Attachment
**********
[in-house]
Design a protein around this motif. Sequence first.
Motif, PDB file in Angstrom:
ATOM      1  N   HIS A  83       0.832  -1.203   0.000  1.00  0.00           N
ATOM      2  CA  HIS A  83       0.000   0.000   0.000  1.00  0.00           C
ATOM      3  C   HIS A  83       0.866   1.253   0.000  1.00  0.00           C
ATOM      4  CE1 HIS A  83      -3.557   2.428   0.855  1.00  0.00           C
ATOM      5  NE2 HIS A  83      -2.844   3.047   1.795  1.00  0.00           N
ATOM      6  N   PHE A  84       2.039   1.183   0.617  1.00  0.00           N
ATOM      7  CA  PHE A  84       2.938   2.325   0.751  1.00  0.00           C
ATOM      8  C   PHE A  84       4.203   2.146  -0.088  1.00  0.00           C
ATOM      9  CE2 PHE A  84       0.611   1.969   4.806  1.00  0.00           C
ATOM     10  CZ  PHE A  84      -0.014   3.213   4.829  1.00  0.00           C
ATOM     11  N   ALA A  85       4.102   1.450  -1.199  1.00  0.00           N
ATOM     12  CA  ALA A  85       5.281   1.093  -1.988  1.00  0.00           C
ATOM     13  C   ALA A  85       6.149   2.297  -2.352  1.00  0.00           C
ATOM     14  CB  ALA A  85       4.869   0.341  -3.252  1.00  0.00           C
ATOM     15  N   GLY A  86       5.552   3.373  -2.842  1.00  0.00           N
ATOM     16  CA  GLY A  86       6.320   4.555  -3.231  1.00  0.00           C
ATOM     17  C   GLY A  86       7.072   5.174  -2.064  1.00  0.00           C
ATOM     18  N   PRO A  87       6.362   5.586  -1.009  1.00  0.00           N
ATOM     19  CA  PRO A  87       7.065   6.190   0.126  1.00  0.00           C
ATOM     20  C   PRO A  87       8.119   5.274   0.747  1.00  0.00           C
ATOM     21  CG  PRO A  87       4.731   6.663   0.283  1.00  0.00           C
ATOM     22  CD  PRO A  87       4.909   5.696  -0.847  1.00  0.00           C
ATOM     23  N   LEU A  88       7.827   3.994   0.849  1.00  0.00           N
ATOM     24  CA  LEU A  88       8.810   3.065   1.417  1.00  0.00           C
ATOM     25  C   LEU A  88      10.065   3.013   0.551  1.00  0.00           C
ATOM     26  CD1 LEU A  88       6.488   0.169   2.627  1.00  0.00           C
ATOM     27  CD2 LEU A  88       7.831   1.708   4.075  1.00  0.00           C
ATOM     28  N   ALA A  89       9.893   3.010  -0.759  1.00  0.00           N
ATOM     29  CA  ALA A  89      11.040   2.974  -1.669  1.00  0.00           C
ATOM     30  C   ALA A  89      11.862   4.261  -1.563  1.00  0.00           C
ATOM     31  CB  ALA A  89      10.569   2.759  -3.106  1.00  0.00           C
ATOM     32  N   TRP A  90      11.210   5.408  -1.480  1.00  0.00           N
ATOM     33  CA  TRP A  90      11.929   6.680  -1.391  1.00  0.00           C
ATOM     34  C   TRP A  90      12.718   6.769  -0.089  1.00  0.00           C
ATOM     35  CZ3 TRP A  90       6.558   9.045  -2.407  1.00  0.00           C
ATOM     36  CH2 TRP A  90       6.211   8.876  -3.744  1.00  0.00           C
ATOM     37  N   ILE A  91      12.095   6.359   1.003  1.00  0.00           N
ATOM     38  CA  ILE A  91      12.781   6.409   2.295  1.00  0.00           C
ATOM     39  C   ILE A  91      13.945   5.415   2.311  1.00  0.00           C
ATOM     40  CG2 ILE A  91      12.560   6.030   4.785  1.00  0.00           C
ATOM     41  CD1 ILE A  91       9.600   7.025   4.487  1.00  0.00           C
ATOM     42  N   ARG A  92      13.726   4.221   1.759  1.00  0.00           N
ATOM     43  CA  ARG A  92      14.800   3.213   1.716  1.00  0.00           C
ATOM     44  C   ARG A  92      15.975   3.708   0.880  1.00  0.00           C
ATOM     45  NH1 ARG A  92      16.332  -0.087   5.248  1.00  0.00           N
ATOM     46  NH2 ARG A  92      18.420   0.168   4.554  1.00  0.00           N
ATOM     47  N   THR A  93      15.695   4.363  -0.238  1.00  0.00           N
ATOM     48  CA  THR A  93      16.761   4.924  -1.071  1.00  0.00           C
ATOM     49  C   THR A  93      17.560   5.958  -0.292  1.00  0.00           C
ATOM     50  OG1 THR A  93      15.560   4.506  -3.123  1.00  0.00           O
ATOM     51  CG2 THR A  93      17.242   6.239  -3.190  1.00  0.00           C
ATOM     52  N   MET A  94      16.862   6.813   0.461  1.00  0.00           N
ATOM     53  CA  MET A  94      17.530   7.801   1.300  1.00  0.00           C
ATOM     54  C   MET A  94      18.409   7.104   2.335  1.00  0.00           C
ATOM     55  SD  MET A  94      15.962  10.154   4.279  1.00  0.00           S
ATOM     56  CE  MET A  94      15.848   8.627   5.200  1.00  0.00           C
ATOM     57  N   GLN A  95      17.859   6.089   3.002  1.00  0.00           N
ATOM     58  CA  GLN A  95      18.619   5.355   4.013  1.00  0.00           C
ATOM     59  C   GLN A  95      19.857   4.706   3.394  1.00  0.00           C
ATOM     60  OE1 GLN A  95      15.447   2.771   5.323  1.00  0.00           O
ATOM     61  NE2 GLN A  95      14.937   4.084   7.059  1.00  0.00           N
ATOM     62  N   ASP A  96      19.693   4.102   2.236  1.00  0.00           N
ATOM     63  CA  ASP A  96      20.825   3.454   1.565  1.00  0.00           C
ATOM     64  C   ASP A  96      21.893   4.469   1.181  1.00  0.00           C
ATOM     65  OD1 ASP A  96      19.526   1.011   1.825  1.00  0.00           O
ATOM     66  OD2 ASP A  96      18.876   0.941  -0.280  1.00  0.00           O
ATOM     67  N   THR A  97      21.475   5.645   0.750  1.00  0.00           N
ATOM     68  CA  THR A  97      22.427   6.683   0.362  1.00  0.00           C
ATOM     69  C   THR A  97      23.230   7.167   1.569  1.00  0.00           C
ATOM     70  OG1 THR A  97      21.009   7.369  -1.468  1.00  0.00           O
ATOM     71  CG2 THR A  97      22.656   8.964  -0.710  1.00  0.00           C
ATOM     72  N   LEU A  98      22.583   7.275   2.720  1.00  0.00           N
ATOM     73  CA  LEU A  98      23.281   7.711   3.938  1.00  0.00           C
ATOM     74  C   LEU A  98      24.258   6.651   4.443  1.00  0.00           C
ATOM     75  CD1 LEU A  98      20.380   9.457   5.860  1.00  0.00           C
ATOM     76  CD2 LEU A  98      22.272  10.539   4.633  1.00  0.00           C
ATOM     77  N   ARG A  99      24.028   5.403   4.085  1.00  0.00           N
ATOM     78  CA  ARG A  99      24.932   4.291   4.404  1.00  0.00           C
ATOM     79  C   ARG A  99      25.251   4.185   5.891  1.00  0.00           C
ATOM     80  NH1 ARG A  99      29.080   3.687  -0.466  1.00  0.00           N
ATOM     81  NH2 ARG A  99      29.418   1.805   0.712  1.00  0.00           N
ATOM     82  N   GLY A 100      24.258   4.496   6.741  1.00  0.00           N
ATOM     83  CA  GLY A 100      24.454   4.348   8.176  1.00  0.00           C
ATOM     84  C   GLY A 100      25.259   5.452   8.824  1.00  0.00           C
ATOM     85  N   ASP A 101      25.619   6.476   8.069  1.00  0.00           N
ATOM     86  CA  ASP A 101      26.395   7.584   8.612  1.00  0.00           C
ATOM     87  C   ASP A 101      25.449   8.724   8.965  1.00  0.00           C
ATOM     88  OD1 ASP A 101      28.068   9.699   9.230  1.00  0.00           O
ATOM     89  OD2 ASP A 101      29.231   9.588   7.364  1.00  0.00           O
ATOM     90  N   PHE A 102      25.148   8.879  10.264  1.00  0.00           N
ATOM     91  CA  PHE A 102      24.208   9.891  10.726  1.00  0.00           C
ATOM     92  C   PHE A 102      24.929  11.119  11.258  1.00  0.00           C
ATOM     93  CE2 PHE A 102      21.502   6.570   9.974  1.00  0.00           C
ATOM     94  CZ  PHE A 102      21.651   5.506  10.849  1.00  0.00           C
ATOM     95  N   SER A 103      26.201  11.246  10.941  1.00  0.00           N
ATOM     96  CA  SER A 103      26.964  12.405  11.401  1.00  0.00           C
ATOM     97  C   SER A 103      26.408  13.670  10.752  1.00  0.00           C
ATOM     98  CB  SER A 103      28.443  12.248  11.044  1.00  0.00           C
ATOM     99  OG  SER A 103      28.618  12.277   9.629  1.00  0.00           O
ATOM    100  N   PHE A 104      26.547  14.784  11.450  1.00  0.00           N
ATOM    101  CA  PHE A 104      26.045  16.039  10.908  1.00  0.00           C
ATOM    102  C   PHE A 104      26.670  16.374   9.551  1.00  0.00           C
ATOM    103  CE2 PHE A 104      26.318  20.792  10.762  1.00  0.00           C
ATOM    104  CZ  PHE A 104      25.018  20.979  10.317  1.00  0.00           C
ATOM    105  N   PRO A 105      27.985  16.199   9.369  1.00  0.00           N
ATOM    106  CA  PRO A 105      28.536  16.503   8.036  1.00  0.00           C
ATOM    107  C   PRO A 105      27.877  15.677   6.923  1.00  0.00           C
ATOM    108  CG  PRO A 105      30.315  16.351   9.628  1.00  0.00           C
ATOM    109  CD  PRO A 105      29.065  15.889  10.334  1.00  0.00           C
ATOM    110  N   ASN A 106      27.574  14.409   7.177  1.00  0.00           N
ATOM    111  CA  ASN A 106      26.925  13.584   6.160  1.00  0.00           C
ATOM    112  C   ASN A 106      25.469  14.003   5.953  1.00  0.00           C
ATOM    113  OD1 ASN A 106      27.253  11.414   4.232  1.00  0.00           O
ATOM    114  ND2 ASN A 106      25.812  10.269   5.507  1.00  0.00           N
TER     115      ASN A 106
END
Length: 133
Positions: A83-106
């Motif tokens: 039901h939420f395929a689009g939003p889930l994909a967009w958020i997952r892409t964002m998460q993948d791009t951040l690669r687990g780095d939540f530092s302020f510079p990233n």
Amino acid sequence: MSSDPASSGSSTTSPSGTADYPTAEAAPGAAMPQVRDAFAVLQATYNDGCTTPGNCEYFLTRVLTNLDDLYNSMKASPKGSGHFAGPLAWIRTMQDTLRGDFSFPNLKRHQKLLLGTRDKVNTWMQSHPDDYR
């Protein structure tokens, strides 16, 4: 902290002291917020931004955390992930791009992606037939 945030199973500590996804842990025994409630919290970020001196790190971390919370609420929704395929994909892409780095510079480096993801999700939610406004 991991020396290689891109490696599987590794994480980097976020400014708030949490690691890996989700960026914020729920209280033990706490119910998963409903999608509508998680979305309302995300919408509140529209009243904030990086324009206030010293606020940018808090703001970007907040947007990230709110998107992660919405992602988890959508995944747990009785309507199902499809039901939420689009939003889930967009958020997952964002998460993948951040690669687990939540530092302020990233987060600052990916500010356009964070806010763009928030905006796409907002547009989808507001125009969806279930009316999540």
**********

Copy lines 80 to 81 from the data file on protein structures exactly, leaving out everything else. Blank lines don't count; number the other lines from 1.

ATOM     77  N   ARG A  99      24.028   5.403   4.085  1.00  0.00           N
ATOM     78  CA  ARG A  99      24.932   4.291   4.404  1.00  0.00           C